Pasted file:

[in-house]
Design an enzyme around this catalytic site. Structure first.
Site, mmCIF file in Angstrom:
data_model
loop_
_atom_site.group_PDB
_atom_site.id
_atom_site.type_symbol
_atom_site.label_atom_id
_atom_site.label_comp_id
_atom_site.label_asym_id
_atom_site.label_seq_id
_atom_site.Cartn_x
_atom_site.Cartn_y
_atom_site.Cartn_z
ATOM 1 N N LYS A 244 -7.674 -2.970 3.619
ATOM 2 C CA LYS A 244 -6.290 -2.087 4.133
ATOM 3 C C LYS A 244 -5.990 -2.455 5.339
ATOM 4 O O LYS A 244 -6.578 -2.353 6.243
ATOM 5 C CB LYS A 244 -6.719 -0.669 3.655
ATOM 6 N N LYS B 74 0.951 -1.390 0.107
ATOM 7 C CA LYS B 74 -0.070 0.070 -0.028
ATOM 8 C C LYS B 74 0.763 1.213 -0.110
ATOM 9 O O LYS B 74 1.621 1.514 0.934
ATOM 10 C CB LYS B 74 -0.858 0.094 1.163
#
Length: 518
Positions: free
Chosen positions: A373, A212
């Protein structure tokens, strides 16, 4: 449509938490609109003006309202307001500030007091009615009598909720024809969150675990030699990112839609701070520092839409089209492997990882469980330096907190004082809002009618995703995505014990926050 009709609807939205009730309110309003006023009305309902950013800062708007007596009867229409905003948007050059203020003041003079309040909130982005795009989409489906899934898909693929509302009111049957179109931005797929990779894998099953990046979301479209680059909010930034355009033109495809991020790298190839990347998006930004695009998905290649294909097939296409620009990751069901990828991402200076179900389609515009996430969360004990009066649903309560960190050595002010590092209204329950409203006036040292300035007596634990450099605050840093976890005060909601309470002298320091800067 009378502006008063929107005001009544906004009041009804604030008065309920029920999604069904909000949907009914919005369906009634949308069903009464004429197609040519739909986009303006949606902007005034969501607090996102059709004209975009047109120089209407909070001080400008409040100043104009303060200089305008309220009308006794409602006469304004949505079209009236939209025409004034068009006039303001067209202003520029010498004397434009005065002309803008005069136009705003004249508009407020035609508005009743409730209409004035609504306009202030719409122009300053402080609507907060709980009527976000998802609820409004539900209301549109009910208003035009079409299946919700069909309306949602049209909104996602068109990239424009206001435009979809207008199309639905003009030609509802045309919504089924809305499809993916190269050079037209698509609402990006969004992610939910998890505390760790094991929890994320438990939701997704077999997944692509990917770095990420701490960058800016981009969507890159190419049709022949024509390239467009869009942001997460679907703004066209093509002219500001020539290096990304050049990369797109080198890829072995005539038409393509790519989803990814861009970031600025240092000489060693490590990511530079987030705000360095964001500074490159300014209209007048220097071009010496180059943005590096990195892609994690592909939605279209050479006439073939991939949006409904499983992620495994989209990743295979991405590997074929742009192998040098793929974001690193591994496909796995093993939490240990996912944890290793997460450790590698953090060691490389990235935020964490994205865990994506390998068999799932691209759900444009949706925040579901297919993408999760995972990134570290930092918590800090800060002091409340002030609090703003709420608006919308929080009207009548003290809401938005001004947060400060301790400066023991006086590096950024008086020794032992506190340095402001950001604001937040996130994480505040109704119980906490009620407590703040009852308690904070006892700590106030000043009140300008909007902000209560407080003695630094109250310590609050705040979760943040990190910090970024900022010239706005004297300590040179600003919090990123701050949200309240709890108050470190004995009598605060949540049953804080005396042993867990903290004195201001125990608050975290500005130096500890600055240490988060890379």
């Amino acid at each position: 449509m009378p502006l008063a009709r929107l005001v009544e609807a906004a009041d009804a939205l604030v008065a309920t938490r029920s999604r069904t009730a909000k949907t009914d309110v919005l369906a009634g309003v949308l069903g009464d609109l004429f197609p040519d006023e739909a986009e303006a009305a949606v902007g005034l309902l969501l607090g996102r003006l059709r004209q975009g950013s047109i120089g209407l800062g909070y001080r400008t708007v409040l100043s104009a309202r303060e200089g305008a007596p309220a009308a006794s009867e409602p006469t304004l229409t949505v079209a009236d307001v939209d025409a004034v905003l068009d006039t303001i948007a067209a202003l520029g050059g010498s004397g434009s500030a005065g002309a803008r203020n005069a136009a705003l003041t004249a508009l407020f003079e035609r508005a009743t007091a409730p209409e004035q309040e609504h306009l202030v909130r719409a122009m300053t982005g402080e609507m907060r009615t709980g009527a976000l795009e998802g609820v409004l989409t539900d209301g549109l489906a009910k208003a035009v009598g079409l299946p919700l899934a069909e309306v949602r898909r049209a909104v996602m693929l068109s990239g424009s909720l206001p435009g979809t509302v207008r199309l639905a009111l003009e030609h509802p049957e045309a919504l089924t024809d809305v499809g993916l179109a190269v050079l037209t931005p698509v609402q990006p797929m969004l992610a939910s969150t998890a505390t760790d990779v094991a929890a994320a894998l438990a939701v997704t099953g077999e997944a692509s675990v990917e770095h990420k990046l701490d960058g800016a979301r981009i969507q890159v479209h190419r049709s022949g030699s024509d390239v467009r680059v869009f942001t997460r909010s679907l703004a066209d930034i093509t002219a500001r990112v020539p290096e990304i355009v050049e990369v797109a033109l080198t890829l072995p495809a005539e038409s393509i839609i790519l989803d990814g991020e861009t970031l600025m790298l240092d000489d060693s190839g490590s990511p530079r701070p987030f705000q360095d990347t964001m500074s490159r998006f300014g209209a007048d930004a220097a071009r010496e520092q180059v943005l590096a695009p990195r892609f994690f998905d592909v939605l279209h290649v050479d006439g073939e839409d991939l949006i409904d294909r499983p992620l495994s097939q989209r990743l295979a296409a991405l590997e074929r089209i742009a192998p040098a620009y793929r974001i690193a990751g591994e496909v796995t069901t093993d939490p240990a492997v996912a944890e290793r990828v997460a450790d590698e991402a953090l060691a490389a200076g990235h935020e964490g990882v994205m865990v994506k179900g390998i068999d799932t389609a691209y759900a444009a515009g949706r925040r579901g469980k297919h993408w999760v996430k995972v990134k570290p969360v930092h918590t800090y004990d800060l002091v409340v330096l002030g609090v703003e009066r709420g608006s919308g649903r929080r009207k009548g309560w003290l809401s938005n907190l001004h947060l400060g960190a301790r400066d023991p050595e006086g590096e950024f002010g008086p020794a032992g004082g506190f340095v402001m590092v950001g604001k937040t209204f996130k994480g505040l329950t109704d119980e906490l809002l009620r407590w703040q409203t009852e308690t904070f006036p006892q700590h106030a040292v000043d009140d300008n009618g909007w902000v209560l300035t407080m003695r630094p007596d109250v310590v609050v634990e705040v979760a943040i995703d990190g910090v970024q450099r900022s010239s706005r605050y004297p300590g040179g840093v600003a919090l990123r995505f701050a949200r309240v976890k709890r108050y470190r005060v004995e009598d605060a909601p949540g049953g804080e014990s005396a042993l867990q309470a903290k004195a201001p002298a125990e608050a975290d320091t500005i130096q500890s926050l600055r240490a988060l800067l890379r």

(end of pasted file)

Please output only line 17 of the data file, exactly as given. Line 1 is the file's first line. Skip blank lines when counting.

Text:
ATOM 2 C CA LYS A 244 -6.290 -2.087 4.133